The Science and Technology Committee and the Health and Social Care Committee, which is made up of cross-party Members of Parliament, has said the UK’s preparation for a pandemic was far too focused on flu while ministers waited too long to push through lockdown measures in early 2020.
The report comes as latest figures show the number of people in Hartlepool to have died from a coronavirus-related illness has increased to 290.
In the wide-ranging study, MPs criticised the fact community testing was abandoned in March 2020 as a “seminal error”, said NHS test and trace was too slow and failed to have a big impact and that thousands of people died in care homes partly due to a policy of discharging people from hospital without testing.
It is these mistakes that MPs have concluded in the 151-page report cost the lives of thousands of people across the country.
The UK’s national risk register, which was in place at the start of the pandemic, said “the likelihood of an emerging infectious disease spreading within the UK is assessed to be lower than that of a pandemic flu”.
It also said only up to 100 people may die during any outbreak of an emerging infectious disease.
Chancellor of the Duchy of Lancaster Mr Barclay commented: “The decisions were taken on the evidence and the scientific advice at the time, they were taken to protect the NHS.
“The understanding of issues such as asymptomatic infection and how that spread the disease, we now know far more about that than we did in 2020 at the start of the pandemic.
“I think a question for the inquiry will be what information did the Government have on something that was unprecedented?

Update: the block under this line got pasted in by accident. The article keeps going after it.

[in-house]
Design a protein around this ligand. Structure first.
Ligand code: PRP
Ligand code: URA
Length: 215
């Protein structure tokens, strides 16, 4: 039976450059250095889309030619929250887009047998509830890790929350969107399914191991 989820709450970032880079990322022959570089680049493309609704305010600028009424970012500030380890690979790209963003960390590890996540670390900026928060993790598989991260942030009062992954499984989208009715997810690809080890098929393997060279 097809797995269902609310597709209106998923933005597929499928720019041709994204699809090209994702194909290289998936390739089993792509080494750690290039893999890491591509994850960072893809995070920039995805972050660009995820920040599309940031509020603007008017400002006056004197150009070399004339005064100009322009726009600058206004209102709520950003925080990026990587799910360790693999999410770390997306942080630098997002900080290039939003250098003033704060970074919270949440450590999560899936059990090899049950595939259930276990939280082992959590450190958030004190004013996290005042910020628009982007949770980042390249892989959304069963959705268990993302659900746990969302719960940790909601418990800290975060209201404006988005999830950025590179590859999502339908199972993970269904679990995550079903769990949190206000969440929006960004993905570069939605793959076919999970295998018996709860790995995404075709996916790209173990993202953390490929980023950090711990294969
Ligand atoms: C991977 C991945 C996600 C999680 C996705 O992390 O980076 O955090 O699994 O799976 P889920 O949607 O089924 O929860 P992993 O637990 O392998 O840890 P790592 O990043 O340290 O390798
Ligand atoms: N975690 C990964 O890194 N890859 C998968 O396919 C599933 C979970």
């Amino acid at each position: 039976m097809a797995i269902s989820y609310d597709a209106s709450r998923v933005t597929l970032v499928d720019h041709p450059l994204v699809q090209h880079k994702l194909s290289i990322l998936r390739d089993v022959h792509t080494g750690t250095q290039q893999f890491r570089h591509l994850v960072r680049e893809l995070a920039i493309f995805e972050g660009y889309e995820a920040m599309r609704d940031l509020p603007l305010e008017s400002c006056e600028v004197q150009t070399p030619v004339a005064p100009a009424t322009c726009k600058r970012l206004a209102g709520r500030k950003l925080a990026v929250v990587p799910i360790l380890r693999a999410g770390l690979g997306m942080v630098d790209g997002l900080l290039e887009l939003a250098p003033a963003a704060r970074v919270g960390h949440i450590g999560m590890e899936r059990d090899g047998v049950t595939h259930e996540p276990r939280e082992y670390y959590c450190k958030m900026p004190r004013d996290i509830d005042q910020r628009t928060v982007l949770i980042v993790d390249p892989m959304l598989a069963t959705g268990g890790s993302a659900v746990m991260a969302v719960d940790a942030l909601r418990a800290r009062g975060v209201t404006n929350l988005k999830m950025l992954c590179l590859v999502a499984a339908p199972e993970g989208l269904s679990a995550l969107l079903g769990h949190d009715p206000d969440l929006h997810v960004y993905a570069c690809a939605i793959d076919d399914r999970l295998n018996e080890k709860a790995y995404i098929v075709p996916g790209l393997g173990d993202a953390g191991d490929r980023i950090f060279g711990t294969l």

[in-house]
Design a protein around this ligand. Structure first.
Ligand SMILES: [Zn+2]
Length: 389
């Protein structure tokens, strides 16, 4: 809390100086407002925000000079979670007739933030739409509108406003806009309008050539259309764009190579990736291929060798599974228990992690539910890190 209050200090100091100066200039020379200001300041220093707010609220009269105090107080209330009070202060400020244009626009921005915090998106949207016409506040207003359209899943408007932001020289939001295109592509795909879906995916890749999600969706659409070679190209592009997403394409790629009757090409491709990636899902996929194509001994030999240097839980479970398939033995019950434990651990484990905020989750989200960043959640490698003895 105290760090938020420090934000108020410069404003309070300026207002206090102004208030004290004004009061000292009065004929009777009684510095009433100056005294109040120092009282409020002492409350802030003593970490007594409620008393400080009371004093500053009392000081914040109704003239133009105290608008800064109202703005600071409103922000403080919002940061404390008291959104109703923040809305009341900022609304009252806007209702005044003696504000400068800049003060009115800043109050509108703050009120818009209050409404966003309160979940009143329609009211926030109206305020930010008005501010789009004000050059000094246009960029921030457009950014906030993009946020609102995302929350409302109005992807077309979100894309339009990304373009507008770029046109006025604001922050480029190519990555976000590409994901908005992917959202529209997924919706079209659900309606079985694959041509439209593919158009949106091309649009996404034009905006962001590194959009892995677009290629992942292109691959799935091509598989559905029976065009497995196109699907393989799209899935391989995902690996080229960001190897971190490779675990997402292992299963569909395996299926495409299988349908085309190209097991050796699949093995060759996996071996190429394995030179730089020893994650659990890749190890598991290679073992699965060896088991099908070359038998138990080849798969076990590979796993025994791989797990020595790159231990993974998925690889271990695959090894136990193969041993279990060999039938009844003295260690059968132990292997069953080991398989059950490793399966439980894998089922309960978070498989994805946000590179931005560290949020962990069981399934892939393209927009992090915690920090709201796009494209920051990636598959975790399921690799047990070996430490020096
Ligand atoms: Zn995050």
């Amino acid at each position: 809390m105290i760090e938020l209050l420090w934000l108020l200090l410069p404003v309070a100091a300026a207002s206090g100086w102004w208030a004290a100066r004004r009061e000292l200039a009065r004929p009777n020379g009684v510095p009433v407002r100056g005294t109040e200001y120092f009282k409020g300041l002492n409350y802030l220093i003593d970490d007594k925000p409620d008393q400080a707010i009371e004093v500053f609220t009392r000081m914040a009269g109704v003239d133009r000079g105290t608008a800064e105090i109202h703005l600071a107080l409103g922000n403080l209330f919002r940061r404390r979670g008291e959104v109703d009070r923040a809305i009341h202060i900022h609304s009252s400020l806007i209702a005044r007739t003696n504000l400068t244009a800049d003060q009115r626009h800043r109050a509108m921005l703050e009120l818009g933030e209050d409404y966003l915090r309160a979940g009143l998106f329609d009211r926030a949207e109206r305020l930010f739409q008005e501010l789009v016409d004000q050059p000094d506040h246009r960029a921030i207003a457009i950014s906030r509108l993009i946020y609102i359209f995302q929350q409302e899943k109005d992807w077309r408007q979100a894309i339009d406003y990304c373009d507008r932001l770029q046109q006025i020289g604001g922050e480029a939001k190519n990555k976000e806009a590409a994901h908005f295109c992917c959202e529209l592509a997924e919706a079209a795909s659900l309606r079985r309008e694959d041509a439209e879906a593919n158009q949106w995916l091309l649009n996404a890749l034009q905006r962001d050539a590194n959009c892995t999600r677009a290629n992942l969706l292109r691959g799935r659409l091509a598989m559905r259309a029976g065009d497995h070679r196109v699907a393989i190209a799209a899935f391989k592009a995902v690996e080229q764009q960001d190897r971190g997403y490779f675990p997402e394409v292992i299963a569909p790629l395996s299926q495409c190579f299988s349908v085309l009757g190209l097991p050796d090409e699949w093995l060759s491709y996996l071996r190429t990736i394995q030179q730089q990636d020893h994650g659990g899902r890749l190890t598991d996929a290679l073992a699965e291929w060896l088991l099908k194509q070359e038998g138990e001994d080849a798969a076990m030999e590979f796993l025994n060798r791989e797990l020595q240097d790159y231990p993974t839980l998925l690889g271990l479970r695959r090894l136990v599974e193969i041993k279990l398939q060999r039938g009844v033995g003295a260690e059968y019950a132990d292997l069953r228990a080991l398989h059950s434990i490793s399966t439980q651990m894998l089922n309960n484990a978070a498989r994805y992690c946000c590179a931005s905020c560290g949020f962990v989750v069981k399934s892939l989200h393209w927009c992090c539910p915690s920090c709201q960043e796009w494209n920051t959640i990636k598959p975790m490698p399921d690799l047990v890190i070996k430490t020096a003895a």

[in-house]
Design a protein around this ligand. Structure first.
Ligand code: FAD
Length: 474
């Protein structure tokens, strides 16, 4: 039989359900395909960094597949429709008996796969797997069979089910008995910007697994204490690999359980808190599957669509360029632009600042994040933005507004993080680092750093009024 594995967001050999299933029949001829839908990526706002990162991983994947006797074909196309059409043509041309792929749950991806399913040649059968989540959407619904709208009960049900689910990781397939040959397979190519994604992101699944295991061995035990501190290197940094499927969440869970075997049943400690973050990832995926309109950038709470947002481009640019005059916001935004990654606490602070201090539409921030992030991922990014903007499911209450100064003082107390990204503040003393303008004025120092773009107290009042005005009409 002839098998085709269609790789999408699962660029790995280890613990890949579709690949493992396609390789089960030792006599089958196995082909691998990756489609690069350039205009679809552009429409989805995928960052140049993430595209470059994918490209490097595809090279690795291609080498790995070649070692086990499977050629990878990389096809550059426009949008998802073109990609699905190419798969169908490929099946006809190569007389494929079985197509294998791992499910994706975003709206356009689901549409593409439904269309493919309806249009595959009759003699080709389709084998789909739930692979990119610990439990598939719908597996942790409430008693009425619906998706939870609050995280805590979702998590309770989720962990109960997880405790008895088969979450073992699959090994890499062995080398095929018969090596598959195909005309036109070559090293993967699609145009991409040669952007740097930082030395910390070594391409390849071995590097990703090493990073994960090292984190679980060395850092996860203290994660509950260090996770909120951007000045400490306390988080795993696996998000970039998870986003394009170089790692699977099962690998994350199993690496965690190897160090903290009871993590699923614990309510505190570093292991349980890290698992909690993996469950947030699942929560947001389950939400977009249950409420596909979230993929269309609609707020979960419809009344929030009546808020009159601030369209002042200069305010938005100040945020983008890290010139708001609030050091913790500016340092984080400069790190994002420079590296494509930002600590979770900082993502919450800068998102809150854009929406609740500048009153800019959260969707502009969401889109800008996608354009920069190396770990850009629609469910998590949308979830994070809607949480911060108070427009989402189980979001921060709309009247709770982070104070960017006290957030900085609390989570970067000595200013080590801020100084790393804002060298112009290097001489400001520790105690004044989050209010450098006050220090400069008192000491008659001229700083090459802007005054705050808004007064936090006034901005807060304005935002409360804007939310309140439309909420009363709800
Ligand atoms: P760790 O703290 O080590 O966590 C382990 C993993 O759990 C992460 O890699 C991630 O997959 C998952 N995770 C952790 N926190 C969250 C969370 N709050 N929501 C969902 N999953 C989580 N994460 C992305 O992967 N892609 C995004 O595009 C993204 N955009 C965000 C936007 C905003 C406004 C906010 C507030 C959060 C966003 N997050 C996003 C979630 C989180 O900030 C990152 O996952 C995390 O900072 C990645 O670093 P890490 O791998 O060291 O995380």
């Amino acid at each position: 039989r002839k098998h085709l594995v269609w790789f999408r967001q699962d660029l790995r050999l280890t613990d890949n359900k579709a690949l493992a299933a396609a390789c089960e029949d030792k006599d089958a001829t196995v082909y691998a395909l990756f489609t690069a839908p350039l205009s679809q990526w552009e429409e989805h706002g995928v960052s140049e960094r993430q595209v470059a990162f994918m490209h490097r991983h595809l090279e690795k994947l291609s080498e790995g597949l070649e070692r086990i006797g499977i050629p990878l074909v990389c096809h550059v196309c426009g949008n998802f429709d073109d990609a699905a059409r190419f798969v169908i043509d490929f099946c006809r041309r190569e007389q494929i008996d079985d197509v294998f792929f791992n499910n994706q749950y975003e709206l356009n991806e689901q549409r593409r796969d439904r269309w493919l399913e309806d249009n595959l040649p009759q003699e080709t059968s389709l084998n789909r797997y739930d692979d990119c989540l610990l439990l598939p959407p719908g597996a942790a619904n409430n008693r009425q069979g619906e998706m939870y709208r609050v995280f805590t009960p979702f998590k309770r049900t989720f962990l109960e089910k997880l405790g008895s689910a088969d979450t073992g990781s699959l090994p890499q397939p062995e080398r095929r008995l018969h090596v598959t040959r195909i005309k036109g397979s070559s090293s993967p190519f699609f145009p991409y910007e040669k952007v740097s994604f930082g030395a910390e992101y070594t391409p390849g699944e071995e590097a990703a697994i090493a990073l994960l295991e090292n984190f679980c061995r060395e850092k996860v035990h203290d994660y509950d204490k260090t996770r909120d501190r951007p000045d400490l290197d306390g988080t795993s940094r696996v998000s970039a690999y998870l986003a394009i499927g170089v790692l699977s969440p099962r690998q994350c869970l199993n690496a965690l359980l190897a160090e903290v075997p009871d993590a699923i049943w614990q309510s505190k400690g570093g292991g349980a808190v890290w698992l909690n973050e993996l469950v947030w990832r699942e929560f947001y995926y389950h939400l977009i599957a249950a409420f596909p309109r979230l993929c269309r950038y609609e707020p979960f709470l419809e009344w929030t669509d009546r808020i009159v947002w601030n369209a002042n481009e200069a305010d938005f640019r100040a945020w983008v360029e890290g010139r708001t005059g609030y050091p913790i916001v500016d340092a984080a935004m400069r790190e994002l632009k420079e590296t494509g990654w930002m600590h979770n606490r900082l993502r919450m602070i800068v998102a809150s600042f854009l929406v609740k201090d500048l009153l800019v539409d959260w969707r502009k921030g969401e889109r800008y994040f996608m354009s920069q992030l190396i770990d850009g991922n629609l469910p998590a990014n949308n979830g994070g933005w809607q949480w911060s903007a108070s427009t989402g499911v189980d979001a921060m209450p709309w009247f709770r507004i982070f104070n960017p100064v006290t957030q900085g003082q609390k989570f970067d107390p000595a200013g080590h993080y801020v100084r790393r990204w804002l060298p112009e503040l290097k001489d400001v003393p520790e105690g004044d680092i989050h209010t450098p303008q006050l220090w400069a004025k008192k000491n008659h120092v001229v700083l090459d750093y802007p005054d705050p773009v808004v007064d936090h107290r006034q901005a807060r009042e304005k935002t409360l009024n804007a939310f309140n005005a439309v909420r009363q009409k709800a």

“Were the decisions informed by the science at the time and do we now know different things about the pandemic to what we knew in February in 2020?
"And of course we’ve learnt a huge amount, but we did take decisions to move quickly, that is why the vaccine was deployed at pace, that was a success that the report recognises.”
In the North East, there has been a total of 7,409 coronavirus-related fatalities – deaths that have Covid-19 written on the death certificate – registered up until September 24, 2021.
County Durham is the local authority area that has seen the most coronavirus-related deaths, totalling of 1,593.
Sunderland is second with 934 and Northumberland makes up the top three worst affected areas with 832.
Newcastle and Gateshead complete the top five hardest hit areas with 579 and 552 deaths respectively.
Figures show that Hartlepool was the least affected area in the region for Covid-related deaths, with 290 registered up to September 24.